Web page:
While attending lectures on dementia, the doctors, Kenneth Rockwood, David B. Hogan and Christopher J. Patterson, kept track of the number of attendees who nodded off during the talks. They found that in an hourlong lecture attended by about 100 doctors, an average of 16 audience members nodded off.Is this the funniest thing ever in a scientific journal? There's the old tale of the paper with a one-sentence abstract, "No, it does not," but I think this is in a league of its own.“We chose this method because counting is scientific,”the authors wrote in their seminal 2004 article in The Canadian Medical Association Journal. (emphasis added)

Now to over-analyze it with two related questions: is counting scientific, and is it science we can all agree on?

In the mathematics of set theory, we begin to answer that question. In logic, counting numbers is an extension of the propositional logic that is so familiar to lawyers in philosophers (hence, I don't like it much). Also, I've never formally studied logic, am not a logician, and can't do it justice. But being outside my specialty hasn't stopped me so far on this blog.

The counting numbers (integers) are called a mathematical group, while the real numbers as a whole are a field. The main property that defines these sets is closure under some operation, like addition or multiplication. This means that any elements of the set that are operated on will generate other elements of the set: add two numbers and get a number, multiply them and get another number, etc. You cannot add apples and oranges to get a pear is the point.

What is interesting about this subject is that our numbers are only one type of field. There's the complex field, the quaternions, the rationals, vectors, matrices, and all sorts of stuff that do not behave like "counting" should. In matrix multiplication, for example, A*B does not equal B*A: it is noncommutative (in the real world, this is why quantum mechanics works the way it does: the universe is not commutative).

But the concept of a field can be too restrictive. A while back some crackpot math teacher proposed adding a new number to math classes called "nullity." While I could analyze it briefly but incorrectly with my limited topology background, the idea is cleanly shot down by Cale. I would make a simple analogy: we count on a number line that extends to infinity in both directions. But what if we added an extra point to that line where infinity should be? Then we have a closed ring (reminds me of the temperature scale that includes negative temperature, actually). We can even add two more points above and below and get a sphere, or something even more exotic, leaving our simple linear counting structures far behind.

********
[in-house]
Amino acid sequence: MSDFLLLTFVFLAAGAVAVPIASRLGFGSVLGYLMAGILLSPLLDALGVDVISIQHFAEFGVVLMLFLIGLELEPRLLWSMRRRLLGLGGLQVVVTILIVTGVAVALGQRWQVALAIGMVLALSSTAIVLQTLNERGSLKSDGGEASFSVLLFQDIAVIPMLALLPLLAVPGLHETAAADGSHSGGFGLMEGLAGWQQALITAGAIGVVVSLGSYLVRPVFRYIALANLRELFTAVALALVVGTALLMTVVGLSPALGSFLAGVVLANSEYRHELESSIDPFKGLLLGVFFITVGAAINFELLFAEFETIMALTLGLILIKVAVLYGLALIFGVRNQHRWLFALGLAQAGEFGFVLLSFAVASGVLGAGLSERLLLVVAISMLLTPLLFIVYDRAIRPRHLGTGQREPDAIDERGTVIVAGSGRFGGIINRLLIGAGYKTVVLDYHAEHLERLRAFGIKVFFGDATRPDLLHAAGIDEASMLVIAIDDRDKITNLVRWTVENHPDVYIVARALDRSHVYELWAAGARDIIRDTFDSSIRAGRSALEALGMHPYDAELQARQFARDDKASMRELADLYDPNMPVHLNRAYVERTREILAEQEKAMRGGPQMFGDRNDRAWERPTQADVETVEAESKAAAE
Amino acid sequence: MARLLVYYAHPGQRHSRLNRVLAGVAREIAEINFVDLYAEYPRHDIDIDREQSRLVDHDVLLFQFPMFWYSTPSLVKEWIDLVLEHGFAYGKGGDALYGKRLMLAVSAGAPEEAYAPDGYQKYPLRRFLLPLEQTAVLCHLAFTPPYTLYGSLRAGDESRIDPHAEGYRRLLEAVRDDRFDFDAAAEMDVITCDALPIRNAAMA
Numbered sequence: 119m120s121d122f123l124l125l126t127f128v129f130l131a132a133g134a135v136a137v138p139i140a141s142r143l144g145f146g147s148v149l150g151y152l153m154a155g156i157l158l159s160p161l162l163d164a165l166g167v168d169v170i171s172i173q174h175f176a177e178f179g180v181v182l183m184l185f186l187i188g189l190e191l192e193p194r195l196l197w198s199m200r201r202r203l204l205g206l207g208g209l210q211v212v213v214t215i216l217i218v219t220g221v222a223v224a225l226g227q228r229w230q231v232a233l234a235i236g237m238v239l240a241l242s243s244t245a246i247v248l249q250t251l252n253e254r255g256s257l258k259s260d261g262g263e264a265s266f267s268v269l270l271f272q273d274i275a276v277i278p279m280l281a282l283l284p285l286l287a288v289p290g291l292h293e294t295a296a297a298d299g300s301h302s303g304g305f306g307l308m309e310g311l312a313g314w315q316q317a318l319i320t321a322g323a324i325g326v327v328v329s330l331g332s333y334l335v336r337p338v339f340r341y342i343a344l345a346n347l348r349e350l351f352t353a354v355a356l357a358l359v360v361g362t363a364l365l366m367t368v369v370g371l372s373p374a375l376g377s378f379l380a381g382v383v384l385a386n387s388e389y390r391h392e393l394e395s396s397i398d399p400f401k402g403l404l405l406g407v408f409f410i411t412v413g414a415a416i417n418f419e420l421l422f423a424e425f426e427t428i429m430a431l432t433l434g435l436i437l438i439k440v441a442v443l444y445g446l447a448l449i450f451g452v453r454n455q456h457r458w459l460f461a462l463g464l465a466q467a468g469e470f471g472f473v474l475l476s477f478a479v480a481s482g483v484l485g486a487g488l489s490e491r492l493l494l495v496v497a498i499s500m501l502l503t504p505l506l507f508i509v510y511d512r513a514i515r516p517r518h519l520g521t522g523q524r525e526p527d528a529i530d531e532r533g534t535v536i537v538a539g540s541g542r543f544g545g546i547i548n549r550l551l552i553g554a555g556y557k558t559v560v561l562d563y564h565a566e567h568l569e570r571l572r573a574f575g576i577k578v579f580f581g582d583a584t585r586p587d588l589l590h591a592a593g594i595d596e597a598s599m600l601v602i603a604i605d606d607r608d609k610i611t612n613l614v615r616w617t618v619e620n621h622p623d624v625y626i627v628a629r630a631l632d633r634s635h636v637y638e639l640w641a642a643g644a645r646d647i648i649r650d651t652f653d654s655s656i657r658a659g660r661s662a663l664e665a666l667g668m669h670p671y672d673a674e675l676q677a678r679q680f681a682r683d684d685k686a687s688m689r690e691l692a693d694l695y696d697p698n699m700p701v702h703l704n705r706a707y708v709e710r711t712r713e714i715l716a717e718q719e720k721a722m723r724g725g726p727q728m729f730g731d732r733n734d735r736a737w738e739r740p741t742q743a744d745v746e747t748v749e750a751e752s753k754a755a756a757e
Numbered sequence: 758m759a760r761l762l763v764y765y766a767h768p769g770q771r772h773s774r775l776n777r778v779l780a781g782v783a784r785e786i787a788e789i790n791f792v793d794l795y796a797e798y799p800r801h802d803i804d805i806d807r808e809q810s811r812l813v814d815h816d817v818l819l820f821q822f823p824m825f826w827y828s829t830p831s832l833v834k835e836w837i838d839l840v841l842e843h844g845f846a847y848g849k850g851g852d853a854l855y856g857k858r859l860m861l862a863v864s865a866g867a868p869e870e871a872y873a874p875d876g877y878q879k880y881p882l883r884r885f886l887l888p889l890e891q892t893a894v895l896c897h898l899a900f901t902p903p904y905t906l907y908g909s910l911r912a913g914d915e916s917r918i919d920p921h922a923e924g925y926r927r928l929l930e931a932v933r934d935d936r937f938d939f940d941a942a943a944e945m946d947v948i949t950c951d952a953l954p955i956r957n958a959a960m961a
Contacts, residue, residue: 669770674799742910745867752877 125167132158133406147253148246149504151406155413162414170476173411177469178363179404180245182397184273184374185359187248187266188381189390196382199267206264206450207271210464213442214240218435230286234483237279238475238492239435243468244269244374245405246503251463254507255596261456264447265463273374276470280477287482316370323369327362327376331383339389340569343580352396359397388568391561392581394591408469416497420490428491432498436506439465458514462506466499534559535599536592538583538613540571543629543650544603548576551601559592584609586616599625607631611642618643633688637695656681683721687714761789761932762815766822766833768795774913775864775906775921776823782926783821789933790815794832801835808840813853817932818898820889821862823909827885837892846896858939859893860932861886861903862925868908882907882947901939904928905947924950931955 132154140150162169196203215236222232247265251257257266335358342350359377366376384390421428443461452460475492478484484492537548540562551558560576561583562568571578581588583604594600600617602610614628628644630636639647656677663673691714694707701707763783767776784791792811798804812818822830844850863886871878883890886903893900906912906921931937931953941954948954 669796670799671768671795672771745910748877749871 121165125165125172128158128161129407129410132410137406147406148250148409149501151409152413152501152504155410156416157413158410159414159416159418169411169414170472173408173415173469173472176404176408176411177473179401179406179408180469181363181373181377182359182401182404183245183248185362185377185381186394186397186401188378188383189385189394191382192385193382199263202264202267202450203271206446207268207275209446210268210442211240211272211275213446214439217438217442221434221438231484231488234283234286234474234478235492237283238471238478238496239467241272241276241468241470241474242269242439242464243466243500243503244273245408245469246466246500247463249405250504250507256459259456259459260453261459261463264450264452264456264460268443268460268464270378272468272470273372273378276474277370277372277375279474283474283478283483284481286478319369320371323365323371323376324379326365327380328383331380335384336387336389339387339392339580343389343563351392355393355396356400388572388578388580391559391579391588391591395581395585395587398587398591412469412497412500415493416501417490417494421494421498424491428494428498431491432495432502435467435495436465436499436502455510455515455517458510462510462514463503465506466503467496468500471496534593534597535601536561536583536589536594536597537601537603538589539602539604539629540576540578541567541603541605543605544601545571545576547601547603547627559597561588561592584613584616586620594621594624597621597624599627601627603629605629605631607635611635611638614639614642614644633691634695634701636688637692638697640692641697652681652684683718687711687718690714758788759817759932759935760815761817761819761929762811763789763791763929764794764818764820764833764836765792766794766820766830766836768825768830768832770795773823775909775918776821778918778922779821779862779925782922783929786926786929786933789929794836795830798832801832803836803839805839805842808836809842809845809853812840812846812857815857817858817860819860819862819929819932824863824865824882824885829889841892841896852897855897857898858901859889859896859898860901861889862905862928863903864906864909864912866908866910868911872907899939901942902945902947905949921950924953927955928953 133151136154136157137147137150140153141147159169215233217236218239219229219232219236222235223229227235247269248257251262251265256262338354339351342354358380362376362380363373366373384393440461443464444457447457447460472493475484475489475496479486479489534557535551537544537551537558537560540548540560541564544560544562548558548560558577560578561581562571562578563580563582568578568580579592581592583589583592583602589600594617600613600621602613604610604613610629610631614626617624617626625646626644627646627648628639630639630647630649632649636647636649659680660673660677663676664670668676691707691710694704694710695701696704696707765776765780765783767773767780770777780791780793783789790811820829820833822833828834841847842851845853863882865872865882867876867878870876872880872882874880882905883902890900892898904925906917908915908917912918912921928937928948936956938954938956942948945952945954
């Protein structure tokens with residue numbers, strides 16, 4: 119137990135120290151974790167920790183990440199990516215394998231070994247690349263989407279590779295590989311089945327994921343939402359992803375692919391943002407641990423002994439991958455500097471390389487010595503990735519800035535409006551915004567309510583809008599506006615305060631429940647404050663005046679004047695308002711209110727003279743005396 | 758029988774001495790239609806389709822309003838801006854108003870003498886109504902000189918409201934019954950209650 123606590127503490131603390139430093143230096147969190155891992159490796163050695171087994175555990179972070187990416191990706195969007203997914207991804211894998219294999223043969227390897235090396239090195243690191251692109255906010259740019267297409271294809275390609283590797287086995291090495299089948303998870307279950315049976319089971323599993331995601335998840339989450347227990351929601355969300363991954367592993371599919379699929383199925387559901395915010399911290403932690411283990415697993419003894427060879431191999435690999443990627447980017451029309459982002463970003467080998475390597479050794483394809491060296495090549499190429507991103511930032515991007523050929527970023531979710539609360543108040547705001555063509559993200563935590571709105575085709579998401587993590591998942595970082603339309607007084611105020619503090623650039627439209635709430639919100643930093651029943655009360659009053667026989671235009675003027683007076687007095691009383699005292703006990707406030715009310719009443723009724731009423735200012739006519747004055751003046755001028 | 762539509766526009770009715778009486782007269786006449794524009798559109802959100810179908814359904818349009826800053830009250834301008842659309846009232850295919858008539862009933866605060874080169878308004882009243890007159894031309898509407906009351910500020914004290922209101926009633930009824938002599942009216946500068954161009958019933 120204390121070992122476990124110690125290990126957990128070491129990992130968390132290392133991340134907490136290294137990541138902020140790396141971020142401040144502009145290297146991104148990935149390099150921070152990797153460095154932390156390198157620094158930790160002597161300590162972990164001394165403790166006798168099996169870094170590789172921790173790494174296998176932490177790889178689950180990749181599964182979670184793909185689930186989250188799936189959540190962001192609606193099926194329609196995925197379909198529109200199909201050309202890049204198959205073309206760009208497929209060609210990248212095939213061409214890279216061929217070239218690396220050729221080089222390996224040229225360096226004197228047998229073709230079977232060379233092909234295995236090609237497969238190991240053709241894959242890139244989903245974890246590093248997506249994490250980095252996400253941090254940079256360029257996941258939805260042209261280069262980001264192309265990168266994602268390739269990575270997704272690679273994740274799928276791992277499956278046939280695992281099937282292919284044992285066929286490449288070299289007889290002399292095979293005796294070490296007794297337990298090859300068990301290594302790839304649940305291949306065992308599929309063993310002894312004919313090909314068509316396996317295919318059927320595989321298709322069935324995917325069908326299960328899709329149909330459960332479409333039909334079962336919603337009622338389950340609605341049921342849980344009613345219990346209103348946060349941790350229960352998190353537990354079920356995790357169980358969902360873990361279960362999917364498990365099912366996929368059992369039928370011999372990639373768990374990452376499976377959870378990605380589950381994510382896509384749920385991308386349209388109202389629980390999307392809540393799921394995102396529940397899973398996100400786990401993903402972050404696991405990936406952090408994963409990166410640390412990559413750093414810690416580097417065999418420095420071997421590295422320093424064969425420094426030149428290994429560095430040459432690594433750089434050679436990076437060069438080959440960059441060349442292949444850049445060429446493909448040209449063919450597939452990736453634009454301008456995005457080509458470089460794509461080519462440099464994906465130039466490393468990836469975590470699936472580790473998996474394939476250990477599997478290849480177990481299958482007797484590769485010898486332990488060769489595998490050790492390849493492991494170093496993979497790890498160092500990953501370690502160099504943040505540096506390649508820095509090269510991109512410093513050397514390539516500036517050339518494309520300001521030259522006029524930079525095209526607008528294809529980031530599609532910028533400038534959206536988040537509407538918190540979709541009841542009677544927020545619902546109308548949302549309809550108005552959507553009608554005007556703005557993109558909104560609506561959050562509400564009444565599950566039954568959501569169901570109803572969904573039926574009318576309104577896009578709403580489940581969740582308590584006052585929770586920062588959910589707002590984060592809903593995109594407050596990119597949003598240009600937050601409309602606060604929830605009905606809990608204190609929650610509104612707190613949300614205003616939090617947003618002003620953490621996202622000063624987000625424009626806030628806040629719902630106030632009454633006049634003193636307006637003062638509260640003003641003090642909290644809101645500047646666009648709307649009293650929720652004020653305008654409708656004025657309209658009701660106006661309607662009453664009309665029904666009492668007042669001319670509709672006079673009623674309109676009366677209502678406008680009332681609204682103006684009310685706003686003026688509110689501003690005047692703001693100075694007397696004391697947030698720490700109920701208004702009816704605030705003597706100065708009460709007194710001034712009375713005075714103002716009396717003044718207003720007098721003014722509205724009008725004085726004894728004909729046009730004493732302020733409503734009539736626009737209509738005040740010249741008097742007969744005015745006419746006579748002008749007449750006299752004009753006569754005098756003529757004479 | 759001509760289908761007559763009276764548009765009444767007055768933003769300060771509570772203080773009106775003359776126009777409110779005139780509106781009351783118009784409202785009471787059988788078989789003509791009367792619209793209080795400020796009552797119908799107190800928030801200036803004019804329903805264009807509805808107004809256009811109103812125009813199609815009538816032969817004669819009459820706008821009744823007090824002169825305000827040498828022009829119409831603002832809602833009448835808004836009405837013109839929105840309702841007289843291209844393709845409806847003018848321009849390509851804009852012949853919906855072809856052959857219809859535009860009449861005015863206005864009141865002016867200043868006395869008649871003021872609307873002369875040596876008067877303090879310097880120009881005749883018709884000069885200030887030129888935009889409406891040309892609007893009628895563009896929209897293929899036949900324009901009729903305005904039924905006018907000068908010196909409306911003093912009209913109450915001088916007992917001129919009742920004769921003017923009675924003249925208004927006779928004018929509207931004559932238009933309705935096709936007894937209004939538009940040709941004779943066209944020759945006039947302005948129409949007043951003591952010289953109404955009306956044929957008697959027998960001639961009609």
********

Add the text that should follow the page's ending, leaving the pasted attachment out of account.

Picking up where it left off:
At the same time as we destroy the infallibility of counting, set theory reminds us that it's all good: through homomorphism, we can still understand systems in the real world by ordinary counting. Physics, even though it sees the world in exotic groups and complex fields, still works in a counting framework.

I will address briefly whether or not counting is a universal science. It is not. See an article on the PirahÃ£ tribe for an example of people whose concept of integers fades at "3 or more" (see also the original paper, Nevins et. al.'s response, and Everett's response). And before anybody brings it up, Sapir and Whorf are still idiots. So is Stephen Hawking.

Several Amazonian and Austronesian tribesmen have settled in the cities, many with similarly exotic languages. The human mind can adapt - it's not a slave to language or culture - but you'd have to start learning by counting on your fingers by going back to kindergarten. I wonder again what logic is universal. Obviously it's not first-order or second-order, and I would still argue that it's not even basic propositional: according to me, all logic is learned from the environment.

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